Time has flown by! After 10 weeks, Phase 1 of our Tocaloma Restoration Project is complete—that is for the earthmoving, hauling, and wood installation. Now the revegetation and monitoring begins, with Phase 2 scheduled for August 2019.
SPAWN is restoring a one-mile-long stretch of river habitat within the Golden Gate National Recreation Area in California. It’s our most ambitious habitat restoration project to ensure Coho salmon remain part of our ecosystem forgenerations to come. The project has involved removing numerous abandoned structures and creating side channels to create refuge habitat for juvenile salmon and trout.
In total, we’ve removed 11,920 cubic yards of fill, concrete, asphalt, and other debris from the floodplain; installed several large woody debris structures and numerous living willow habitats; installed 150 feet of California freshwater shrimp habitat structures; and put over 200 pounds of seeds over our newly-graded slopes.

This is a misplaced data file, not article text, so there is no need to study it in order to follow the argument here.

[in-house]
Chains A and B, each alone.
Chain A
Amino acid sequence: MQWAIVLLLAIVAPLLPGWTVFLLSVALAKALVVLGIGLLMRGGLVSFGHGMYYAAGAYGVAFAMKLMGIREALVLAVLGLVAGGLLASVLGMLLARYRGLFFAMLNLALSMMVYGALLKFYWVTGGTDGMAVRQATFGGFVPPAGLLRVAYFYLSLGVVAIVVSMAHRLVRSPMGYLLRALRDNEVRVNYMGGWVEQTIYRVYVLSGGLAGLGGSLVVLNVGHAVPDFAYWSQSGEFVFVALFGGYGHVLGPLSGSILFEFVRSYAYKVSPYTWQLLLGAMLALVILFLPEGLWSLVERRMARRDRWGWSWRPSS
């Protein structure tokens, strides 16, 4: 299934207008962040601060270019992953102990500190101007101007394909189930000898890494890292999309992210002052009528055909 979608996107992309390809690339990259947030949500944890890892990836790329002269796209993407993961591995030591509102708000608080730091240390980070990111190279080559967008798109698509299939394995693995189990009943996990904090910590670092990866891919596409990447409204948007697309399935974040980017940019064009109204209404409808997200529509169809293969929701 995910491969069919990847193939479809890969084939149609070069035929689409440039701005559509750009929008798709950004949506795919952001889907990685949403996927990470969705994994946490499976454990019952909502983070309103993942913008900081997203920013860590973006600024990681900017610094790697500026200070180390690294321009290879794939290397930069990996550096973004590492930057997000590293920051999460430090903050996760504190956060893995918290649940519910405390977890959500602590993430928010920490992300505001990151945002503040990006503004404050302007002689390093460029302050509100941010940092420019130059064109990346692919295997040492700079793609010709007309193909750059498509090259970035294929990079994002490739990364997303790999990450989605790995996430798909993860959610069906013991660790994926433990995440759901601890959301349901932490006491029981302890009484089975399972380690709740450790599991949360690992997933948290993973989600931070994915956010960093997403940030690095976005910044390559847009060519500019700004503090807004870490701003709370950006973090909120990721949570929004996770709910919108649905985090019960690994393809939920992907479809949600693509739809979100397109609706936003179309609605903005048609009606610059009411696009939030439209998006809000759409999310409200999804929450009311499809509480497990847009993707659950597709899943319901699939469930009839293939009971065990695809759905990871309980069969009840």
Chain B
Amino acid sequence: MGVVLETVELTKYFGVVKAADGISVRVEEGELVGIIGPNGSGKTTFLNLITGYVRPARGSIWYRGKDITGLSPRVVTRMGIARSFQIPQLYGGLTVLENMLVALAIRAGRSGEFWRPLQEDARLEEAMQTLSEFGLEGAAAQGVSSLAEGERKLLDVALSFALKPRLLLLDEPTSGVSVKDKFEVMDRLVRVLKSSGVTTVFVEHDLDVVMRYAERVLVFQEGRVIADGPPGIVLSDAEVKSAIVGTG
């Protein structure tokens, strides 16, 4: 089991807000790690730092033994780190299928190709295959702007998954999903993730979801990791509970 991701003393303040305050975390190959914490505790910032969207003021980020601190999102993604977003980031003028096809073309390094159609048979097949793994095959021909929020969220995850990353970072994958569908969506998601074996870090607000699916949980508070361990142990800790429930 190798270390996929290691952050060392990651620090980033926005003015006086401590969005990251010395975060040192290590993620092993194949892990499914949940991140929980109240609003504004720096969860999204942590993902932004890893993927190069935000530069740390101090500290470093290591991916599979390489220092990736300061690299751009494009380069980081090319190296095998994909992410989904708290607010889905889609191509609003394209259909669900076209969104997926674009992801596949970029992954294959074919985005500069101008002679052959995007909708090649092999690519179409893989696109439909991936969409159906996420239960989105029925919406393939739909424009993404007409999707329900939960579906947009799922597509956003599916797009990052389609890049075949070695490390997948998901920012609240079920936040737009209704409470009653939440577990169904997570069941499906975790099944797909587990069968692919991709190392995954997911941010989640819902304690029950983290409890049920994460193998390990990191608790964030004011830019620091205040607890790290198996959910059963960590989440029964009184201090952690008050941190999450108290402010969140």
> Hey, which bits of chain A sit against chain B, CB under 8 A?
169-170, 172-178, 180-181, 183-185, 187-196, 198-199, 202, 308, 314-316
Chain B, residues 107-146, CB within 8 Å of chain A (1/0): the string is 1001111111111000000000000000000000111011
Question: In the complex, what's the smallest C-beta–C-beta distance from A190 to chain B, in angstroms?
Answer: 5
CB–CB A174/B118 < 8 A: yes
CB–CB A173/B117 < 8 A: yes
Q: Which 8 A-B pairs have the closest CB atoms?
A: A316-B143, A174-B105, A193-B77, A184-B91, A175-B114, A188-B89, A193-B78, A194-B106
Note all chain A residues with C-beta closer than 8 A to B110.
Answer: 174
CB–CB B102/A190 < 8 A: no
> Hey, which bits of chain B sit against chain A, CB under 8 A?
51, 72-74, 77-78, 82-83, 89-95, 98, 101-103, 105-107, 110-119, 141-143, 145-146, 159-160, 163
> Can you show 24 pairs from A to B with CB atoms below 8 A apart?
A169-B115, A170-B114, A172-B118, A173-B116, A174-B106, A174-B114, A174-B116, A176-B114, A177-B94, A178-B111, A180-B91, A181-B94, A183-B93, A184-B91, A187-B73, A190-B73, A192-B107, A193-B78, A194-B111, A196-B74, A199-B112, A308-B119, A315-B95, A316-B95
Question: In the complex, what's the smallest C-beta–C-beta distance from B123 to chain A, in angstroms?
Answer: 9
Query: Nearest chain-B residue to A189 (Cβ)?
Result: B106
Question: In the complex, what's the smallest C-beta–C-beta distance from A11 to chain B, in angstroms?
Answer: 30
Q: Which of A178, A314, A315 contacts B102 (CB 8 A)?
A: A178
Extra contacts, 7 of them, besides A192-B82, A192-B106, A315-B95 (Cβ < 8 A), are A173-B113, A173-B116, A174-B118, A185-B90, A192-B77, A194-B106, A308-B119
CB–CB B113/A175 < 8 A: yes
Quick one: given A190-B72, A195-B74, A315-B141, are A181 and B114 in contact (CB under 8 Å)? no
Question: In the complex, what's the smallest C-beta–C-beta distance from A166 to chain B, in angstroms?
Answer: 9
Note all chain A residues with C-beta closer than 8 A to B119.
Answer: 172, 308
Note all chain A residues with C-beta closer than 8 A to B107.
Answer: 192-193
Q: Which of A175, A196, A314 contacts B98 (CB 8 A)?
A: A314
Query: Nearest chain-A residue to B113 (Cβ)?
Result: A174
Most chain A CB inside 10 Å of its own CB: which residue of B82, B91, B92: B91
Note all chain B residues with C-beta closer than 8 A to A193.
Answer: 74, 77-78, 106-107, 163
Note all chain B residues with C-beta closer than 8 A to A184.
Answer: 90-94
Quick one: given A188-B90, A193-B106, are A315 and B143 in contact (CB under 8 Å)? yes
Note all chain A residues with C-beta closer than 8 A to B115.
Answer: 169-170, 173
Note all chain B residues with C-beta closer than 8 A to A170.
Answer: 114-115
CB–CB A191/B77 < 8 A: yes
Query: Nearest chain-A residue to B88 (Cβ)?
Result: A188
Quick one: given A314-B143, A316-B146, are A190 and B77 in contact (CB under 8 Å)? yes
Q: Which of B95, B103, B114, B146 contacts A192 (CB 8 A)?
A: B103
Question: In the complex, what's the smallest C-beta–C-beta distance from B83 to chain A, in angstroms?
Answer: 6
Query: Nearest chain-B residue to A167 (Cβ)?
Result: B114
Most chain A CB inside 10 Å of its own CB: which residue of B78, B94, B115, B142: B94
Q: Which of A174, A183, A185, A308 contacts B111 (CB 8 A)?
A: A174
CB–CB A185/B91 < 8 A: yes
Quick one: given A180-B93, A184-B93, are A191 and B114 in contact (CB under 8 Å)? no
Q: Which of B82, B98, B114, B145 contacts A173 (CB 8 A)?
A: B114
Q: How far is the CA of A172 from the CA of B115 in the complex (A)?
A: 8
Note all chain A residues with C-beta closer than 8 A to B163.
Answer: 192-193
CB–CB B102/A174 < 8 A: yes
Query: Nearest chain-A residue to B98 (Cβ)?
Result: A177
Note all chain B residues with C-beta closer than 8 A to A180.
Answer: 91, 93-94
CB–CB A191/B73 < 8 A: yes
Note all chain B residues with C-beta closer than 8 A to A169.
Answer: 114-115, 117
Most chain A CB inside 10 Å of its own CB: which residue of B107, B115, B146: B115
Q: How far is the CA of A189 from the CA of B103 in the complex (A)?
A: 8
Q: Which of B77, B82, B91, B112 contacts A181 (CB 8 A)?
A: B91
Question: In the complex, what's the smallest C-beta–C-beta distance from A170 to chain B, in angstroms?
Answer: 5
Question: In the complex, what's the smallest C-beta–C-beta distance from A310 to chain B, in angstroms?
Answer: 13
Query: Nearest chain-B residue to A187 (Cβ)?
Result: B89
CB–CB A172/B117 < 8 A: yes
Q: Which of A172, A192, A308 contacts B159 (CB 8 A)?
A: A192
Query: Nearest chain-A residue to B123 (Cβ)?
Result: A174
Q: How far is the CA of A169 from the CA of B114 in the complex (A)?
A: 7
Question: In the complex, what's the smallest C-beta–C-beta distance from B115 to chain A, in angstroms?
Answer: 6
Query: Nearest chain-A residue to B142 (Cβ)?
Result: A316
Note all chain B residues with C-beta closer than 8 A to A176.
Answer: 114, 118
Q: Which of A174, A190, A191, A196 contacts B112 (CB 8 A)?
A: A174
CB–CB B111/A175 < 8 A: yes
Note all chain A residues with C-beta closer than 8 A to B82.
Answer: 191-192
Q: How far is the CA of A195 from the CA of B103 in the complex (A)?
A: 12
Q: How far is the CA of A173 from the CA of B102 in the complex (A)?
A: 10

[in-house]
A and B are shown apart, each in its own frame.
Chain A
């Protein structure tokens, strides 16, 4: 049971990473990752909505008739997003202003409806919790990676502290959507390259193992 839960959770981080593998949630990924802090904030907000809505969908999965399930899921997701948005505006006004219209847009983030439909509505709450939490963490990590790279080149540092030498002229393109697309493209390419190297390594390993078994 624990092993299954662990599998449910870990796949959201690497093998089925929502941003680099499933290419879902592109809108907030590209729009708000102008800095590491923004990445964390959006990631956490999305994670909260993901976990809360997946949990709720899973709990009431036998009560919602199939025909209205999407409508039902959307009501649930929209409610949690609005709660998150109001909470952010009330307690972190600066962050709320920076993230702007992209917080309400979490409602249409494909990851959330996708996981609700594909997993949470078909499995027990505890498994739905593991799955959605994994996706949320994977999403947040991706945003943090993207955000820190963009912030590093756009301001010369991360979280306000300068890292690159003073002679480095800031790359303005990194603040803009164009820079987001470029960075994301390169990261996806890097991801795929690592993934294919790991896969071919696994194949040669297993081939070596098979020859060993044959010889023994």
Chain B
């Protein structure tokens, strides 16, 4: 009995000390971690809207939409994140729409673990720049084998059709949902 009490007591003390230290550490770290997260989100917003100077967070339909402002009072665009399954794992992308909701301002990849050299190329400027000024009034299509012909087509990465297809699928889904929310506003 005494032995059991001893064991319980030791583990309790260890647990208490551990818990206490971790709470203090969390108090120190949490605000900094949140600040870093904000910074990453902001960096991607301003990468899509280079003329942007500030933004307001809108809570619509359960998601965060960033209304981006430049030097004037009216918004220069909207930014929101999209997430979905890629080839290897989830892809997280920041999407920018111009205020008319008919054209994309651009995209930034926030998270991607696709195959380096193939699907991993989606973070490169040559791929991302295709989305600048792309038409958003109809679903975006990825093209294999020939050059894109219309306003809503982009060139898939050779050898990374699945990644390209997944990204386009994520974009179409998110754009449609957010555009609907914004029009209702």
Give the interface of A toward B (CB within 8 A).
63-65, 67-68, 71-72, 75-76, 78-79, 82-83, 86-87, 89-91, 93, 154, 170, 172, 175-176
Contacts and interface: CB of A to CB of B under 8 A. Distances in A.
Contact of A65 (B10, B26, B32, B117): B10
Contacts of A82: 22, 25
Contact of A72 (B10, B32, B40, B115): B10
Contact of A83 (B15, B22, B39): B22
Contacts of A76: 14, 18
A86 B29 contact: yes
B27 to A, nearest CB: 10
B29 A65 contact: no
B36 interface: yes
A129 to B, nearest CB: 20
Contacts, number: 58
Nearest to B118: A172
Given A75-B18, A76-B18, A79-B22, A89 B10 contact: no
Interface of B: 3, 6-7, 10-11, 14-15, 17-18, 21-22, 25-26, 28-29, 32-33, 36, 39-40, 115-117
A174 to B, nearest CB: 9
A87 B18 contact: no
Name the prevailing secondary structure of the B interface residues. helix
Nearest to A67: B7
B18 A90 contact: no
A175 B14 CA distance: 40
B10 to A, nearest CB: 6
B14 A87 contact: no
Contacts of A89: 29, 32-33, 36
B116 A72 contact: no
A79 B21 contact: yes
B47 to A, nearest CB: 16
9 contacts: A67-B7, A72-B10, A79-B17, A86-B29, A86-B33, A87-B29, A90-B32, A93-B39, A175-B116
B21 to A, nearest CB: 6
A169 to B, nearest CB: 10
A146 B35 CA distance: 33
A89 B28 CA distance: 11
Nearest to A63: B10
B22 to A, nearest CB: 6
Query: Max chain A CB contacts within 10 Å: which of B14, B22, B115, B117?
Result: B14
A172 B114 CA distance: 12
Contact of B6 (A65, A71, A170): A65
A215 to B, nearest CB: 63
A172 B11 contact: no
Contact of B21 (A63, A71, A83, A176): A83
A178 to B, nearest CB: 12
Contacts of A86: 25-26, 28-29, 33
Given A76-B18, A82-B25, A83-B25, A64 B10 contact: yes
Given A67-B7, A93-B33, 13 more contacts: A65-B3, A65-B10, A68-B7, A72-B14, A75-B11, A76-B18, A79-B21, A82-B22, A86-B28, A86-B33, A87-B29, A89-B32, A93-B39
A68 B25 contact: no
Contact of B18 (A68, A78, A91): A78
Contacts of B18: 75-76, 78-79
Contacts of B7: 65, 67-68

We are preparing to implement Phase 2 of the Lagunitas Creek Floodplain and Riparian Restoration project starting in August 2019. This second phase is located at the former community of Jewel, about one mile east of Phase 1. Similar in scope to the Tocaloma site, Jewel is a slightly smaller but includes many of the same elements and habitat features including large woody debris installation, side channel creation, and freshwater shrimp habitat structures.
At the Tocaloma site, we opened up a previously groundwater-fed side channel to receive water from the main channel, and the water is beginning to clear. After the rains start, this side channel will become a fish haven, providing shelter along the banks and within the channel, and offering a buggy buffet for young salmonids. We’ll be eagerly watching the sediment settle, with updates to come!